In Vietnam, we went to Hanoi and Halong Bay. In Hanoi, we stayed at the Church Hotel in the old town which was AWESOME. It is not very expensive ($40 a night) and is very clean, new and in a great central location to the old town. You can look it up online and call ahead to make a reservation. I would recommend doing the Lonely Planet's suggested walking tour of Hanoi's old town, because we got to see some cool buildings and neighborhoods. We also did the Halong Bay overnight boat trip. WARNING: Beware of being cheated by the travel cafe's offering pretty and luxurious boat cruises on Halong Bay. Apparently, they all show tourists the same pictures to bait everyone into paying upfront, only to be herded onto crappy boats once you finally arrive at the dock after the 4-hr drive from Hanoi. That being said, I'll just stress how important it is for you guys to do whatever it takes to go on the Kangaroo Cafe boat tour rather than taking your chances with the random boat vendors and travel cafe's. I didnt use Kangaroo and our trip was a nightmare until we argued with the trip coordinator and got switched off our boat (which was packed with tourists) and onto another boat. I've also heard good things from some of the Aussie-owned adventure tour cruises which seem to be a bit more reliable as well.
I made several trip to different parts of Thailand and loved everywhere I went. In Bangkok, definitely walk around all the temples and the palace grounds which should take you about half a day. Try to make your trip on a weekend so you can go spend a few hours shopping at the Chatachuk Weekend Market - it's an amazing experience and be prepared to get a lot of stuff for little money. For nightlife, I'd recommend Bed Supperclub and Q bar, although a friend told me recently that Q bar has become a bit more of pick-up scene for Thai girls. For traveling in Thailand, I would look into Thai Air Asia which is a super cheap discount airline. However, before you fly, make sure you call or go online to confirm your flight because they are notorious for cancelling flights which could really screw you up if you have connecting flights elsewhere. Tiger Airways is also pretty reliable and cheap, but flights book up early and get more expensive the closer the date of travel. Also look online for hotel/airfare deals. Zuji.com is a good asian travel website, but DO NOT USE them if you are traveling to Laos (See above).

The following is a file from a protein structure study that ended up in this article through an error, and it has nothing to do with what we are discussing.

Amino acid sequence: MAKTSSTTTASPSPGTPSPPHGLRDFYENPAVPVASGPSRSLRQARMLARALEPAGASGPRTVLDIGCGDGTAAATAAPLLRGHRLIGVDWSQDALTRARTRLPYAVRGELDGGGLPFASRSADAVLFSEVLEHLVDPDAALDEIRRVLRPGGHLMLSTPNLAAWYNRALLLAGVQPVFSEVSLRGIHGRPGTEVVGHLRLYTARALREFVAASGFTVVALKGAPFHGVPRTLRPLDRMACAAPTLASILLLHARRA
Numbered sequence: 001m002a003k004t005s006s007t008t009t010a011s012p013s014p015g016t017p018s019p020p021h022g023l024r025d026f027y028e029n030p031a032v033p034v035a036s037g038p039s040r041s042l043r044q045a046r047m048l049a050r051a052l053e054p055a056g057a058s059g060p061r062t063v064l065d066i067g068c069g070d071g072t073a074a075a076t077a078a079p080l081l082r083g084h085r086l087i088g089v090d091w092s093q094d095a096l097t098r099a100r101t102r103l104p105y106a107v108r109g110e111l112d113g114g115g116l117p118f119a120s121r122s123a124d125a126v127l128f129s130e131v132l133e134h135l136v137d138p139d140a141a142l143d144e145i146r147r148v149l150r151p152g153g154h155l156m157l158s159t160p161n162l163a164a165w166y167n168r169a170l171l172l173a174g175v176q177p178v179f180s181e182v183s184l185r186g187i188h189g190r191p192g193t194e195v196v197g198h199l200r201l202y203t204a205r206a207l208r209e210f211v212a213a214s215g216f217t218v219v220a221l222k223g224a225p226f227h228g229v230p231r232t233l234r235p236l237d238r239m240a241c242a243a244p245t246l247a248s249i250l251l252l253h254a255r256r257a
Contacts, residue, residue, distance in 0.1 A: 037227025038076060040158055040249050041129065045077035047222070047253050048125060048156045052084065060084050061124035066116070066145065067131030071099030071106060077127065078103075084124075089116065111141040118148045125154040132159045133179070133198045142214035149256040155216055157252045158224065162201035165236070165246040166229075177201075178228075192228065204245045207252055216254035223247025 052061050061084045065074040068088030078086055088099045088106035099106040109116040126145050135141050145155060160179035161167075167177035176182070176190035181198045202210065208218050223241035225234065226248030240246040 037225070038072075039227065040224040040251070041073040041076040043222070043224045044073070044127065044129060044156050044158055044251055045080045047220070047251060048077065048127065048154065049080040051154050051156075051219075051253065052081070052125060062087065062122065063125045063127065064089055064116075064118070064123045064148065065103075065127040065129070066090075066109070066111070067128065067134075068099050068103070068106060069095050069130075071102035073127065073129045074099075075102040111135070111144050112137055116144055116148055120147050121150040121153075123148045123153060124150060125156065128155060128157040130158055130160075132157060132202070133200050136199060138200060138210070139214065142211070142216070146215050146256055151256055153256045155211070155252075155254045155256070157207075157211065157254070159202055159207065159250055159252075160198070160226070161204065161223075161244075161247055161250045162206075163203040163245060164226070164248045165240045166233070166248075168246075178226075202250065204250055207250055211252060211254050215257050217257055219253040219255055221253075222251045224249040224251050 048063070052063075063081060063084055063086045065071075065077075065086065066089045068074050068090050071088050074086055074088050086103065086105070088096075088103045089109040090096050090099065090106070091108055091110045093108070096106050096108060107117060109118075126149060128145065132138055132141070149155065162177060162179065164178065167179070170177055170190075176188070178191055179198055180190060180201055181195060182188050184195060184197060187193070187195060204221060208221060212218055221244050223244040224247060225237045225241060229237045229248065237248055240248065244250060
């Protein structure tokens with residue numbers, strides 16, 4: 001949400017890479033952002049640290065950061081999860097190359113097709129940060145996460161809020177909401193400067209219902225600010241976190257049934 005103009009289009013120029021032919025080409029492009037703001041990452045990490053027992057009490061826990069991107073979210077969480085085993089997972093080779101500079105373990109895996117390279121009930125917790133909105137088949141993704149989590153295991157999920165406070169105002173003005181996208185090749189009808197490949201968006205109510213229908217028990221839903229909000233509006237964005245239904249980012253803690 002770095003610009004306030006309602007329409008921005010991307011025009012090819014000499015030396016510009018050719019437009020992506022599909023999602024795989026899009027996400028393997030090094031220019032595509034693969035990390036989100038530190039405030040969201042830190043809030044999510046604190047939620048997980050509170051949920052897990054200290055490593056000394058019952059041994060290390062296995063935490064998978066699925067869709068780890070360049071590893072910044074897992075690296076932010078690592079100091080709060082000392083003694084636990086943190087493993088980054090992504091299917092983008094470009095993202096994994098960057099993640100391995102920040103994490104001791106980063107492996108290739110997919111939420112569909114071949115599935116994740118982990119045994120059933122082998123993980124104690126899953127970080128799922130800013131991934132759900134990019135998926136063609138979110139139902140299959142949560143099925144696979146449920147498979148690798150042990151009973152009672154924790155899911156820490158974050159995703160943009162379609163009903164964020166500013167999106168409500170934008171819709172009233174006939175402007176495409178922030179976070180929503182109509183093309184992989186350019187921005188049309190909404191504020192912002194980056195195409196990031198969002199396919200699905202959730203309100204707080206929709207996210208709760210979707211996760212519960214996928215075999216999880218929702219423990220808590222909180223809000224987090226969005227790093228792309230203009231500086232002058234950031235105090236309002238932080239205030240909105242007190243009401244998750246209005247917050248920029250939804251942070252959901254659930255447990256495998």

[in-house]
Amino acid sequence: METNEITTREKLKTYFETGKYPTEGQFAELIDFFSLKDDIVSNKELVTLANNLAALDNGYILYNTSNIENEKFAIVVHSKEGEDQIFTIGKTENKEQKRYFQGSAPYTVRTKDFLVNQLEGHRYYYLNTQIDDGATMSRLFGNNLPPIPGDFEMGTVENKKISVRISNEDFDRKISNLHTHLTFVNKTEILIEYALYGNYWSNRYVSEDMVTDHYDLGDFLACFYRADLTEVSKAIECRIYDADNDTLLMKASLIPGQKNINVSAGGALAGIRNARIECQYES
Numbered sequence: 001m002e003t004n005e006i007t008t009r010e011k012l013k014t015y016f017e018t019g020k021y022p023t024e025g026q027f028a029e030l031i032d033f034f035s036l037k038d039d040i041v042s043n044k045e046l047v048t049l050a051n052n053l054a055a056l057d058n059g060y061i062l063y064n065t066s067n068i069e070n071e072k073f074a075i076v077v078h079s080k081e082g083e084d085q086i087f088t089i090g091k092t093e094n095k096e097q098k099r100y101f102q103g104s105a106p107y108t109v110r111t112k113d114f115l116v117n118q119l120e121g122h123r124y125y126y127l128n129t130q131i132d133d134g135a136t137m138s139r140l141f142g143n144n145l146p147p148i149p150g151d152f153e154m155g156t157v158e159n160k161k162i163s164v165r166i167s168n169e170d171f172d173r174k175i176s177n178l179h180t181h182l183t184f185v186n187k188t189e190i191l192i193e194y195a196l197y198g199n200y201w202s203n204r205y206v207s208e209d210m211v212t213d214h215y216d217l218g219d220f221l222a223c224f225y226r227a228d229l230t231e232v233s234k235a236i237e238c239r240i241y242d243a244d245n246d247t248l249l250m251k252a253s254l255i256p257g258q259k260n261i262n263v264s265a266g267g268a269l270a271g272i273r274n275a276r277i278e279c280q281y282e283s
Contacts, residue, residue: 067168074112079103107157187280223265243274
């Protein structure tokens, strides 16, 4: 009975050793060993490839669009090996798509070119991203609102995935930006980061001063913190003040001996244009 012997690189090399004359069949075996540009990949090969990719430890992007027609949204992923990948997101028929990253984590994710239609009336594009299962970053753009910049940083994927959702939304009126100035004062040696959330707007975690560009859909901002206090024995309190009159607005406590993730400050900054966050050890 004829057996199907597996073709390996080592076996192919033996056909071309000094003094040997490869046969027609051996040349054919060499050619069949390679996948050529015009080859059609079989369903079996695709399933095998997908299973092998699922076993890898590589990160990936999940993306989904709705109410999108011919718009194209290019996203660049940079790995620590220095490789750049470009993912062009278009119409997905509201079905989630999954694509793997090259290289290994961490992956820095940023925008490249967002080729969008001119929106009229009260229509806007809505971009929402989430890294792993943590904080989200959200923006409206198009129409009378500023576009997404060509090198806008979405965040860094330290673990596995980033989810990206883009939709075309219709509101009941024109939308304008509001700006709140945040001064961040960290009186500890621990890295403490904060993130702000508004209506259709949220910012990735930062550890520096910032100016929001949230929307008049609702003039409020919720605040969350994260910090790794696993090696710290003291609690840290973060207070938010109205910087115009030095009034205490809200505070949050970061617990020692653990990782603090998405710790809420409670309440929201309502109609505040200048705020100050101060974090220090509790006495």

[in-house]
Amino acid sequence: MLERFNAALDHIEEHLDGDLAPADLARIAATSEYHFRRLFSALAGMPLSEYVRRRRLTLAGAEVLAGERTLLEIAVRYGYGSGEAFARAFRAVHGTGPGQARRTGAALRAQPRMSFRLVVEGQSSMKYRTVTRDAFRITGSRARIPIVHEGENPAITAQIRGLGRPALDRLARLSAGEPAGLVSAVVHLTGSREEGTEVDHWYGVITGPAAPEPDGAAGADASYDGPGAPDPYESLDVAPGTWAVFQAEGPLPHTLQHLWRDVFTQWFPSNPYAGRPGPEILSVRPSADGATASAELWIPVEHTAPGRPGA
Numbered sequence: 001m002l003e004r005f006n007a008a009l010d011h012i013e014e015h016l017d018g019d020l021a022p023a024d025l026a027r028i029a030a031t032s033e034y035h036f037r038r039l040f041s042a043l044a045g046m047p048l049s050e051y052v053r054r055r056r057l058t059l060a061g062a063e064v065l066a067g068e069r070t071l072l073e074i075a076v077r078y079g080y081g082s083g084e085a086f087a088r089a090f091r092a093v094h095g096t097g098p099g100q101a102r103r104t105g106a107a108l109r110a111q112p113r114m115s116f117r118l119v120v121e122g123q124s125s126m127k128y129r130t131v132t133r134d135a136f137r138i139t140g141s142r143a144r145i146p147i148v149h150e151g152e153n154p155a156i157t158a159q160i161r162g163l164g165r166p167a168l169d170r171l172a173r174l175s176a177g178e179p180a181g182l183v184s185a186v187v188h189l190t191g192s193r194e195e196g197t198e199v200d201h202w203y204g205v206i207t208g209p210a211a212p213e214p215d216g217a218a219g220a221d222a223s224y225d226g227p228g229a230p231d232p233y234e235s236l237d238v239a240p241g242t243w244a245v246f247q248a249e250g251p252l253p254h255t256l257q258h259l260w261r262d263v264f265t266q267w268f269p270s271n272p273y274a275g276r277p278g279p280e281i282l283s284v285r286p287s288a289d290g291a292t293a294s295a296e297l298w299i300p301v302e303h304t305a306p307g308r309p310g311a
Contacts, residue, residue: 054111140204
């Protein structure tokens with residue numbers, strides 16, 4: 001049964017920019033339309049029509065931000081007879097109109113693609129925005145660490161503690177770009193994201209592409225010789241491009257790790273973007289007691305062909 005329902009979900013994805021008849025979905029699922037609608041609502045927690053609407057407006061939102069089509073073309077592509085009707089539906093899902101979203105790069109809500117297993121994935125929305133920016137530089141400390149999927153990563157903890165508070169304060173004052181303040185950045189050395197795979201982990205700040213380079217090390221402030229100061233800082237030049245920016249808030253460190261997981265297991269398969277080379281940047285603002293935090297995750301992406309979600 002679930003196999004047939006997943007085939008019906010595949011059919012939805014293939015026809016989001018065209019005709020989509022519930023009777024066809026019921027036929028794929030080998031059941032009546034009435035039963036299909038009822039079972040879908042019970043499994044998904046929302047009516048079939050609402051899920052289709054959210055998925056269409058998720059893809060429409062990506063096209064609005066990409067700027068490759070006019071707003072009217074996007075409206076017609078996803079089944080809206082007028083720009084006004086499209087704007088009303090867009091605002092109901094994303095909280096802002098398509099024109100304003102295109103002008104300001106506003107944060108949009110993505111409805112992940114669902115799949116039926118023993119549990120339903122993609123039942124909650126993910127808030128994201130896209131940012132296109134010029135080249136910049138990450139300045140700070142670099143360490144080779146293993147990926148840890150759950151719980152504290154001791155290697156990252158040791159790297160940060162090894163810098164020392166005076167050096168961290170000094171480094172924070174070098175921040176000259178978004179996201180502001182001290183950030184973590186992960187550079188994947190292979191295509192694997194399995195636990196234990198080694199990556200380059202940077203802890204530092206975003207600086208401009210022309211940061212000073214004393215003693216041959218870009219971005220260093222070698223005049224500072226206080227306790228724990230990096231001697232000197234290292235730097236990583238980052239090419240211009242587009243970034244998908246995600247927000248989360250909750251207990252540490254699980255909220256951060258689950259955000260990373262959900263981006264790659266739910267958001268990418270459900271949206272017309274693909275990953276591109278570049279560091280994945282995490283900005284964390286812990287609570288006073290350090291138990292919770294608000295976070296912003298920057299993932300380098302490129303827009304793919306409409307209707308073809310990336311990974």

In Chiang Mai, I found great hotel deals online, so just do some searching around and you should be able to pre-pay and reserve a decent 4-5 * hotel somewhere close to the night market. The night market is cool here and if you have time, take a day or so to go on a hill-tribe trek.
Instead of going to Phuket, I had gone to Koh Samui where we had stayed on Chaweng Beach. It is definitely worth staying on the southern part of Chaweng, because the beach is nicer there and it's not as crowded. It is also not very difficult to walk the main strip to get to all the restaurants and bars at night. Although you'll be tempted to just lay on the beach all day, I would highly recommend taking a day to go on the trip the Ang Thong National Marine Park. Blue Star Tours are Aussie-owned and run and are AMAZING. Just walk up the main strip in Chaweng and their office is located next to the Green Mango bar. They'll pick you up at your hotel in the morning and bring you back after the trip consisting of kayaking, swimming, hiking, and snorkeling. Good times.
Too much to write. Read the blog or let me know and I'll put you in touch with my friends there! But in a nutshell: Night Safari, Orchard Road, Attica, Boon Ton Quay for Banana Paratas, Chili Crab at East Coast, etc.
Ok, that should do it. I would highly recommend getting the Lonely Planet guidebooks for any locations you will be traveling to.